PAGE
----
There are incredibly valuable lessons in both the Singapore case and the Canadian case. Your organization can benefit from reviewing the issues and recommendations here regardless of whether you perform cancer chemotherapy or not.
Update: See also our April 2010 What’s New in the Patient Safety World column for new papers on medication incidents involving cancer chemotherapy.
Frantic 43 hours to fix chemo overdose.
By Salma Khalik
Tue, Nov 17, 2009
The Straits Times
Elroy Koh (medical student blog) Sunday, March 28, 2010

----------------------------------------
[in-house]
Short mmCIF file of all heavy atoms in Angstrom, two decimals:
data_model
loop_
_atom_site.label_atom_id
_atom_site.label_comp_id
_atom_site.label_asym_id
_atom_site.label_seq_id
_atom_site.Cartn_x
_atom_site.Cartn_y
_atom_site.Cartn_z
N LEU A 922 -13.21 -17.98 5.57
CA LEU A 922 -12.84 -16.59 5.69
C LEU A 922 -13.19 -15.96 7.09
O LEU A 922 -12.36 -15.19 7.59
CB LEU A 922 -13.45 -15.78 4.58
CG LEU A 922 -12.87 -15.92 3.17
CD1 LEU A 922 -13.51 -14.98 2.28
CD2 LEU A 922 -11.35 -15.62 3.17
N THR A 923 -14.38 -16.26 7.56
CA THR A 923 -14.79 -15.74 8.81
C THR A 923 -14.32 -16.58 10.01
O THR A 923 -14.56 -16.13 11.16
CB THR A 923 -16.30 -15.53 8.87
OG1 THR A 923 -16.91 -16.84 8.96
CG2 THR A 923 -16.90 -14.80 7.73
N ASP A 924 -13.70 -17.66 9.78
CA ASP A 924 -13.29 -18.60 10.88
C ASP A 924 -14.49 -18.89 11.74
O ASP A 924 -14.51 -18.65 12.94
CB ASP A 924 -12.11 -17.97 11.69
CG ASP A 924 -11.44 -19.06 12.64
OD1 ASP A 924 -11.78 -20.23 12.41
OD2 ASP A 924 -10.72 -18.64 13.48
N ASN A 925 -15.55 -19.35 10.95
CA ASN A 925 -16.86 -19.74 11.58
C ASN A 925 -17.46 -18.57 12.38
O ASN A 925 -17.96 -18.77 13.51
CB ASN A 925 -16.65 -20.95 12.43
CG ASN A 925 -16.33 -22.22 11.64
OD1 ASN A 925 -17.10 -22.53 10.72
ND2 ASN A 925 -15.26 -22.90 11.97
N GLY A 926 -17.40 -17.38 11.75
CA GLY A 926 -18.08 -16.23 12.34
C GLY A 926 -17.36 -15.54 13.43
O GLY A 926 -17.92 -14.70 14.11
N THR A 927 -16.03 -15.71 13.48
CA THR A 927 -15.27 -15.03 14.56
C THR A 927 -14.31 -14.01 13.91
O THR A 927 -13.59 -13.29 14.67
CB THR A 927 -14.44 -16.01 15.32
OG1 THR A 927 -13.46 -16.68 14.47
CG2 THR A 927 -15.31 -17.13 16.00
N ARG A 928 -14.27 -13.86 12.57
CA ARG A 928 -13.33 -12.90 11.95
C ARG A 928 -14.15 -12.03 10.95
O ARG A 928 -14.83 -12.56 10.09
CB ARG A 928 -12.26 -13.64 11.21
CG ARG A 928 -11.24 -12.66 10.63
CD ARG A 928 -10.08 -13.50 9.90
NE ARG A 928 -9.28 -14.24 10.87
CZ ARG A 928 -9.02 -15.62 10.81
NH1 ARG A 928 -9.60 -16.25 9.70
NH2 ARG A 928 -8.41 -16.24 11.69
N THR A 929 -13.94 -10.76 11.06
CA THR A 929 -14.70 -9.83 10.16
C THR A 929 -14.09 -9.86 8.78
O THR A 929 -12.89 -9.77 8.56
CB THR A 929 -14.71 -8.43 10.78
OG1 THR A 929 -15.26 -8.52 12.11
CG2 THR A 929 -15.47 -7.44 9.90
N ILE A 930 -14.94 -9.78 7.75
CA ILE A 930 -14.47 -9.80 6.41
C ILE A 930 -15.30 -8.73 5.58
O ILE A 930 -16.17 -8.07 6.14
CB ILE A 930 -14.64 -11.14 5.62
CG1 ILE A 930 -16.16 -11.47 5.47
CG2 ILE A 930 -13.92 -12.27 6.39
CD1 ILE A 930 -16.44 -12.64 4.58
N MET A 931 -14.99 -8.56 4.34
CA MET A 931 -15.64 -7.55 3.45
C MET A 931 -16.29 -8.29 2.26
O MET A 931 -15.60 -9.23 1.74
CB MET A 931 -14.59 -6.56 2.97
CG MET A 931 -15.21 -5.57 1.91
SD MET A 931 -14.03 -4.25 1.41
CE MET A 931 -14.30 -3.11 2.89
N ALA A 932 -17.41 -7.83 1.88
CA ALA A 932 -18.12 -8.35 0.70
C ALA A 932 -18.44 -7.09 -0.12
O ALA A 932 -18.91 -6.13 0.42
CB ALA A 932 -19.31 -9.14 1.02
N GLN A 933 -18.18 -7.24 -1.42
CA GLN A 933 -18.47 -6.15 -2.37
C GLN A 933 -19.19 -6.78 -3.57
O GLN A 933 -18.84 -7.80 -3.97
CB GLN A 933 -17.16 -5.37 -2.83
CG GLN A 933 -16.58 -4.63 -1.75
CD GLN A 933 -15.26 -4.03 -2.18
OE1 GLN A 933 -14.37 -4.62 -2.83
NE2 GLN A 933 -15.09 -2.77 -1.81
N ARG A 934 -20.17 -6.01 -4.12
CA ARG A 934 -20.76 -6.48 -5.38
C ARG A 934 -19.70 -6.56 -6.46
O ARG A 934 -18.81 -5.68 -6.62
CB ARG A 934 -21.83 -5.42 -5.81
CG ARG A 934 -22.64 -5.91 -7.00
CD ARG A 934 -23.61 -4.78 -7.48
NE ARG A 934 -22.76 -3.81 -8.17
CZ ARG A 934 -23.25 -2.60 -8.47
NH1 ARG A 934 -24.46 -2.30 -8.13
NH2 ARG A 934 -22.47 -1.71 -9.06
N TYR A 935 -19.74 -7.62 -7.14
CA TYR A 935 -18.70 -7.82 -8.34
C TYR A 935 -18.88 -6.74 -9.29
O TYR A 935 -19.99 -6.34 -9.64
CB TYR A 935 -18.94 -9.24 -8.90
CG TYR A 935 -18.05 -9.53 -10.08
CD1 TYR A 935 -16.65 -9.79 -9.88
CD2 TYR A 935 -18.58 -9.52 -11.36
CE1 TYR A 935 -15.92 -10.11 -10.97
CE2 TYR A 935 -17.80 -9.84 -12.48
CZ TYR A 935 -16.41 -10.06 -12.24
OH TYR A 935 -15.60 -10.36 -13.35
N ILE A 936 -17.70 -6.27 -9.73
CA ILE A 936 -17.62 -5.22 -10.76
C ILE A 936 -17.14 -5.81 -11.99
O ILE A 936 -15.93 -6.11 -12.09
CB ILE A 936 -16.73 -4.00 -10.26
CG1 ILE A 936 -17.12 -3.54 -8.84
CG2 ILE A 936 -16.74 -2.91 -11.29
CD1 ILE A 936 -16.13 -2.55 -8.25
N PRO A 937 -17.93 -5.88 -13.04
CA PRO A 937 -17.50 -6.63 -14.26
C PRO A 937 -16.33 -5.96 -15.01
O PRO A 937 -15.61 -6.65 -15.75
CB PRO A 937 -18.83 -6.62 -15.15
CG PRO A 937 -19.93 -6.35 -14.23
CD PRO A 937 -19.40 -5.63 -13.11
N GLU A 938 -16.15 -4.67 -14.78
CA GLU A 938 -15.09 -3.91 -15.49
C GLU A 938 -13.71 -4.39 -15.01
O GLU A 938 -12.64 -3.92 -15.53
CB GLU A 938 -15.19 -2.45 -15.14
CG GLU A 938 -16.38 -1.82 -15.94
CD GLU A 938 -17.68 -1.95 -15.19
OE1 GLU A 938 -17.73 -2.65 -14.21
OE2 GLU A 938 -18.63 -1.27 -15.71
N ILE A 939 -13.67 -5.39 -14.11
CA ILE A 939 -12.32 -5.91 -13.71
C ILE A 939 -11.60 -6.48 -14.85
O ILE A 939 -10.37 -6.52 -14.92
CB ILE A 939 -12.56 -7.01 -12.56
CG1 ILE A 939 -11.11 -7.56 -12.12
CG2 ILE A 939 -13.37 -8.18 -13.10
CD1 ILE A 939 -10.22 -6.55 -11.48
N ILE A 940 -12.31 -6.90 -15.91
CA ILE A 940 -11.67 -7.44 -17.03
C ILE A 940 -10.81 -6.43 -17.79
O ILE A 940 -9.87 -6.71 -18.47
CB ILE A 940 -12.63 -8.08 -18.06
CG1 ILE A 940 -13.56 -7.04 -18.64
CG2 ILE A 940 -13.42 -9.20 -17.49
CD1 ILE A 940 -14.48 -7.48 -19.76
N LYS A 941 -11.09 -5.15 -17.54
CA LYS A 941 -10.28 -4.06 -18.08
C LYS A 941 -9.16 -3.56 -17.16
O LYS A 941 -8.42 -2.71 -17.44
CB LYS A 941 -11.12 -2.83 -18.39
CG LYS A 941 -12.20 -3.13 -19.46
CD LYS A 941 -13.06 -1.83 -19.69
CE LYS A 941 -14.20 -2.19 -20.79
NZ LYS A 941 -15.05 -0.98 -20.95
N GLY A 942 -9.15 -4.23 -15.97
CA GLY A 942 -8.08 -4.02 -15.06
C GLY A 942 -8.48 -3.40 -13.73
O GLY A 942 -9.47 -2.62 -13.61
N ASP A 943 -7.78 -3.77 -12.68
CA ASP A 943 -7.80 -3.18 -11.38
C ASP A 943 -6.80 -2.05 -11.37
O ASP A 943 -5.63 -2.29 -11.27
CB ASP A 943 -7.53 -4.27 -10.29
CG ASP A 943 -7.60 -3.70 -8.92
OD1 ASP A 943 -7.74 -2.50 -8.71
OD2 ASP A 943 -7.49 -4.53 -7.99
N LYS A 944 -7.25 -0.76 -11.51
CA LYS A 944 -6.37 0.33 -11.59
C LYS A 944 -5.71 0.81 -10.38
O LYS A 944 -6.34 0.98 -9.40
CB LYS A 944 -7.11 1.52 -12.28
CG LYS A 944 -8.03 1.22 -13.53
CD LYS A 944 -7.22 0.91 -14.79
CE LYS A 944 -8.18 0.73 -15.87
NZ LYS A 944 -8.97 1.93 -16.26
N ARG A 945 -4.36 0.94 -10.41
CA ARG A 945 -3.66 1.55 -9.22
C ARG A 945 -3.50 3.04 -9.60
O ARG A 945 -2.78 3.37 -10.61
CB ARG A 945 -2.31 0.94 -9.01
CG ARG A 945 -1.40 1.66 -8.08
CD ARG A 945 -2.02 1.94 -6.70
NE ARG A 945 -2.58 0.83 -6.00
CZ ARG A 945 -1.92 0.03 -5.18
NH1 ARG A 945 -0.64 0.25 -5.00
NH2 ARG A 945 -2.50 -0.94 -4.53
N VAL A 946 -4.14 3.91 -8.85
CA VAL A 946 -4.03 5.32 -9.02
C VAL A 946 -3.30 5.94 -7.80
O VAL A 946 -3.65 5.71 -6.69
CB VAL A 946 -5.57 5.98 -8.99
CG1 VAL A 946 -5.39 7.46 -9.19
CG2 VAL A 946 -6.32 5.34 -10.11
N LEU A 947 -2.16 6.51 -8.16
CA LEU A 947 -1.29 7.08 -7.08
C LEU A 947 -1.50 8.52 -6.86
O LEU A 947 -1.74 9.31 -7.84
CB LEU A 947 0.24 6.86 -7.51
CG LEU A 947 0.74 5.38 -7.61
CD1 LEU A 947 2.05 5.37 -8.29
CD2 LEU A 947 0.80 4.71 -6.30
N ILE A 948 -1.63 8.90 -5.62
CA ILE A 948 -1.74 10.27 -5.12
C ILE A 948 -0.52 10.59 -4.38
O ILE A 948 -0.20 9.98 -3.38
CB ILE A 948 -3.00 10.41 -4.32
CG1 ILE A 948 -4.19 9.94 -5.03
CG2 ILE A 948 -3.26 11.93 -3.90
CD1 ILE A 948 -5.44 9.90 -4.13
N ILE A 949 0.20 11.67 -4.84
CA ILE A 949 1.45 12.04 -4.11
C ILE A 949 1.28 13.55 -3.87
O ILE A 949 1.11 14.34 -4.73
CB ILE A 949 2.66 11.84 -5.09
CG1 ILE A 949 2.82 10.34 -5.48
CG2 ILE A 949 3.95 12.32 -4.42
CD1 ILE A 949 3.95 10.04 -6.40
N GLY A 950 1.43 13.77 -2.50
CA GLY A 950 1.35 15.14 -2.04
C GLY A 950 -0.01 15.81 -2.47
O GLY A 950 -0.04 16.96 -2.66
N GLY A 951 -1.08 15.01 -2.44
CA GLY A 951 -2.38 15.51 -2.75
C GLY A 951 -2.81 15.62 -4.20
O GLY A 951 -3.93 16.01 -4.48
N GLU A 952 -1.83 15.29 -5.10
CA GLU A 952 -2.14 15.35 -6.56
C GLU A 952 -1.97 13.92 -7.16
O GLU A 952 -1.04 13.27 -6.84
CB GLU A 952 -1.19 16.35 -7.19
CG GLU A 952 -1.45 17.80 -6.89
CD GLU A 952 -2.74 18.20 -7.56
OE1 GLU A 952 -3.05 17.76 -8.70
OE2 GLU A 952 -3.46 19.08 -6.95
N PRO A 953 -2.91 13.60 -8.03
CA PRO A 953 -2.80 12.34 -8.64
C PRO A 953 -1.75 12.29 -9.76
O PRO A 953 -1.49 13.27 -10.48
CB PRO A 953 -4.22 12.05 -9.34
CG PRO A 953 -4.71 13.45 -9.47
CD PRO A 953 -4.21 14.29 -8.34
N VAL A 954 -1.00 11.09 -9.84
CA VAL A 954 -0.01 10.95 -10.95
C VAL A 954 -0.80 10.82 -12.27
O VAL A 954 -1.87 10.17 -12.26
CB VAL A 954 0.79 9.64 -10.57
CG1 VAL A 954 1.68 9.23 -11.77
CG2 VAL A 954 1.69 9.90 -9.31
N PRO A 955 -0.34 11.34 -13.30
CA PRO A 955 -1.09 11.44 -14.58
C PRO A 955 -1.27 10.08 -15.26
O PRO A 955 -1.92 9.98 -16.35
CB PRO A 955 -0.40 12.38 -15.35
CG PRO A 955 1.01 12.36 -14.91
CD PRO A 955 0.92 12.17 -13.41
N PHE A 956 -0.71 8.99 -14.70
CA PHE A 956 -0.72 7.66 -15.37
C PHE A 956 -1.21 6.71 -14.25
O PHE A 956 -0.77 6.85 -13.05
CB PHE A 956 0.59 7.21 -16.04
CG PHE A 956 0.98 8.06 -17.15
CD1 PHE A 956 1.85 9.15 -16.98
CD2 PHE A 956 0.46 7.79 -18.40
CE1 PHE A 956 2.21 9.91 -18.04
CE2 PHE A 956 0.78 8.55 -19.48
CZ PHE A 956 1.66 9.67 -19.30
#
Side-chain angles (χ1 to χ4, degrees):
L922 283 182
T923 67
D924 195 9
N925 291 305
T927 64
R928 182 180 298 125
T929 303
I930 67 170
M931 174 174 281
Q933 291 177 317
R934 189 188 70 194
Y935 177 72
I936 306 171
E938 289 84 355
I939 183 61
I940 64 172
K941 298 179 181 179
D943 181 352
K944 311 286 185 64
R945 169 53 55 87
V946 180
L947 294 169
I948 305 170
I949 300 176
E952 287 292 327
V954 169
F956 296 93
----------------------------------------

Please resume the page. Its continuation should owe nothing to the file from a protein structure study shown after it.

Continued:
Chemotherapy mix-up - there is power in an apology
ISMP Canada. Fluorouracil Incident Root Cause Analysis: Follow-Up. ISMP Canada Safety Bulletin 2007; 7(4) 1-4. August 20, 2007.
ISMP Canada. Root Cause Analysis. Fluorouracil Incident Root Cause Analysis. May 22, 2007 (full RCA)
ISMP (US). Fluorouracil error ends tragically, but application of lessons learned will save lives. ISMP Medication Safety Alert. Acute Care Edition. September 20, 2007